Why the Cleveland Browns aren’t “the” threat in the AFC North

As the 2022 NFL season approaches, the dust is settling from the draft and free agency, with training camp right around the corner. What AFC North team should the Pittsburgh Steelers and their fans look out for/pay attention to? Who will be “the” threat in the division?

So, let’s look at the Cleveland Browns… and why they won’t be nearly as dangerous as pundits have predicted.

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The “Browns is the Browns”

The perennial younger brothers of the AFC North. For the first time, in the 2020 playoffs, the Browns got the upper hand on their older brother in the Pittsburgh Steelers, trouncing Pittsburgh from the first snap; leaving Ben Roethlisberger and Maurkice Pouncey in tears on the sidelines at the end of the game both contemplating their future.

However, 2021 was not a transcendent followup that skyrocketed the Cleveland Browns into mainstream stardom like Nirvana’s Nevermind album or Amy Winehouse’s Back to Black. Rather, it served up such a dud filled with injuries and high drama that it left the football world wondering if the Browns were actually just a one hit wonder.

Fast forward to 2022 and the Cleveland Browns look and feel like an entirely different organization than they did just a couple of years ago.

No longer the darling Charlie Brown underdogs of the NFL, the Browns have moved on from their once-anointed savior, Baker Mayfield, who helped deliver a playoff win for Cleveland for the first time since 1994.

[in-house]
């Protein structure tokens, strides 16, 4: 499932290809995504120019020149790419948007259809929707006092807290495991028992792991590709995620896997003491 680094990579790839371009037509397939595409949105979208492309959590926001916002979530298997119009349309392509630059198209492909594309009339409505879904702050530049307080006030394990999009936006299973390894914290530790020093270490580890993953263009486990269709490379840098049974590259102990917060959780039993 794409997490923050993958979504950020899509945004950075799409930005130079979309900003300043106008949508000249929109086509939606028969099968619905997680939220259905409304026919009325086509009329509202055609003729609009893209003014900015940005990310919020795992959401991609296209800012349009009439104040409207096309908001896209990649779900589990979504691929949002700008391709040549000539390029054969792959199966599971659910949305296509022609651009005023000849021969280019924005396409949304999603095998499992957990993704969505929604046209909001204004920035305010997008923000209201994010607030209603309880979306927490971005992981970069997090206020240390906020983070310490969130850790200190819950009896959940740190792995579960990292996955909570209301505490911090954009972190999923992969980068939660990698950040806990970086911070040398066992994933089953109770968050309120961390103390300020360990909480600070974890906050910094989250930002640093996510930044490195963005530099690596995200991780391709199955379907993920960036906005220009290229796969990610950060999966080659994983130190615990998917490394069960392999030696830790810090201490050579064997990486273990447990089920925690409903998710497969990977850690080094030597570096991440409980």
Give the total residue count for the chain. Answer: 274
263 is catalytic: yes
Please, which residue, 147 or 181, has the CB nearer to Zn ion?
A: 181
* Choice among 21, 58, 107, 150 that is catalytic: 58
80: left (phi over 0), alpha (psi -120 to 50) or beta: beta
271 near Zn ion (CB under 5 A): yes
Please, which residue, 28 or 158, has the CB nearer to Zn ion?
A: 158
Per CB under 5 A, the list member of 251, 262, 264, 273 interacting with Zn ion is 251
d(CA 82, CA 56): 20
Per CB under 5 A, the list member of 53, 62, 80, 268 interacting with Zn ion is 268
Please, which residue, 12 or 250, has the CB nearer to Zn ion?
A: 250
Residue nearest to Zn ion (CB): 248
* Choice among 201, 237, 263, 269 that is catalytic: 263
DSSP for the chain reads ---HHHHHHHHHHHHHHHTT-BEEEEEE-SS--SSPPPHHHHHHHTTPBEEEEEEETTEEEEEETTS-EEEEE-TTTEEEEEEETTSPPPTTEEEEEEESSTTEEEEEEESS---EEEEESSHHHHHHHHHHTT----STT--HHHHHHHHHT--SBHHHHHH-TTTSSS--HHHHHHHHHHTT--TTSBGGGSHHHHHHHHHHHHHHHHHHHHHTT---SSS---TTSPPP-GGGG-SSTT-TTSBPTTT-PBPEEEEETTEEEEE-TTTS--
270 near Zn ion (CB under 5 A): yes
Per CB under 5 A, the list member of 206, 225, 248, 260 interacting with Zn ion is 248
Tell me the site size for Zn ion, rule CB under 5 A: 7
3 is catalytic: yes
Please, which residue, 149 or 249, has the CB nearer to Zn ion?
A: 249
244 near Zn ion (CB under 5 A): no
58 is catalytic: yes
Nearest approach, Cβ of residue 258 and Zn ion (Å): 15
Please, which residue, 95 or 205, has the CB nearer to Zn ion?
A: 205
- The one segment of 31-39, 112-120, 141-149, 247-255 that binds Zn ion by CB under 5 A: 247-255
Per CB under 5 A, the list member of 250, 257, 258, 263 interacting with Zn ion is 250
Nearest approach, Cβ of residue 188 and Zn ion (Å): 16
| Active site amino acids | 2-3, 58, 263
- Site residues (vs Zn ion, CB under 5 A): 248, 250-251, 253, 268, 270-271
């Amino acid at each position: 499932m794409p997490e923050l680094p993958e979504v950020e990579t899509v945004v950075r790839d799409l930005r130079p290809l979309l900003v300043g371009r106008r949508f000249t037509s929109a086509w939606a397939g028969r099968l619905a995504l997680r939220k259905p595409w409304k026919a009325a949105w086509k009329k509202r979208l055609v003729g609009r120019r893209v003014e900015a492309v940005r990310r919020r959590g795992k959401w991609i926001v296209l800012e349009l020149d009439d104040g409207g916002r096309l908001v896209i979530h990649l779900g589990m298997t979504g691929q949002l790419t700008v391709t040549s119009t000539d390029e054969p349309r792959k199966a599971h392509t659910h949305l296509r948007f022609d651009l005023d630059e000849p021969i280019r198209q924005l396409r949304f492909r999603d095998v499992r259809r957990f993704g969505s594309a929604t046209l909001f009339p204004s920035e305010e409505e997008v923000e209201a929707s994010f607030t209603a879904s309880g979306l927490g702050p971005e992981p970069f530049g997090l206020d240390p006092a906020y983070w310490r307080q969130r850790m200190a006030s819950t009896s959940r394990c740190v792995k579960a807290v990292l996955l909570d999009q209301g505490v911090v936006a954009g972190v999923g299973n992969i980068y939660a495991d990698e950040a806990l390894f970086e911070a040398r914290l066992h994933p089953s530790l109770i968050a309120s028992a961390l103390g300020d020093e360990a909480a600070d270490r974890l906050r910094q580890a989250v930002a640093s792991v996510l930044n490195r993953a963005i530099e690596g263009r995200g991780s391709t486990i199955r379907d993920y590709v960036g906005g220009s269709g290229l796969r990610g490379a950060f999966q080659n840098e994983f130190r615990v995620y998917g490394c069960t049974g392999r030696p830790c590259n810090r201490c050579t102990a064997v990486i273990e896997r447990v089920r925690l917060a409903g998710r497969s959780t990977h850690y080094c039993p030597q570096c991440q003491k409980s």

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Instead, this offseason, the Browns chose to sell their soul and mortgaged their future for DeShaun Watson, the former Houston Texans quarterback who is under investigation and may not even see the field in 2022.

With a new QB, a new WR1, and a handful of other notable changes, let’s take a look at everything the little brothers in Cleveland have done in preparation for their 2022 campaign: The good, the bad, and the Browns.

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The Good

The trade for receiver Amari Cooper this offseason is a fascinating move by the Browns front office and, while you would have to search for quite a long time to find someone on the internet who lists Cooper as one of the best receivers in football, there is no question that a healthy one-two punch of Watson-Cooper is the superior duo compared to Mayfield-Landry, which has been Cleveland’s mainstay in the passing game for the entire first chapter of Head Coach Kevin Stefanski’s tenure in Cleveland.

Re-signing Jadeveon Clowney is a move that, by default, has to be placed in this category simply due to the fact that without re-signing Clowney, the Browns could very well have ended up asking Chase Winovich to fill the shoes of Clowney. And, while Winovich had a career year in 2021 with 37 pressures and 5.5 sacks, he does not provide the same presence as Clowney.

One last note for the “good” comes from an unexpected role, kicker. In a move that I cannot help but compare to what the Cincinnati Bengals did last year in drafting kicker Evan McPherson in the 5th round, the Browns drafted LSU kicker Cade York in the 4th round of this year’s draft.

McPherson proved to be a homerun pick by the Bengals last year, nailing clutch kick after clutch kick for Cincinnati on their way to a Super Bowl appearance.

York replaces Chase McLaughlin who, after starting the year off strong with the Browns, ended the season with a 71.4% field goal percentage, only making 4-of-10 kicks between 40-49 yards. The Browns hope that York will be able to keep up in what is perhaps the best kicker division in the NFL with Chris Boswell, Justin Tucker, and Evan McPherson.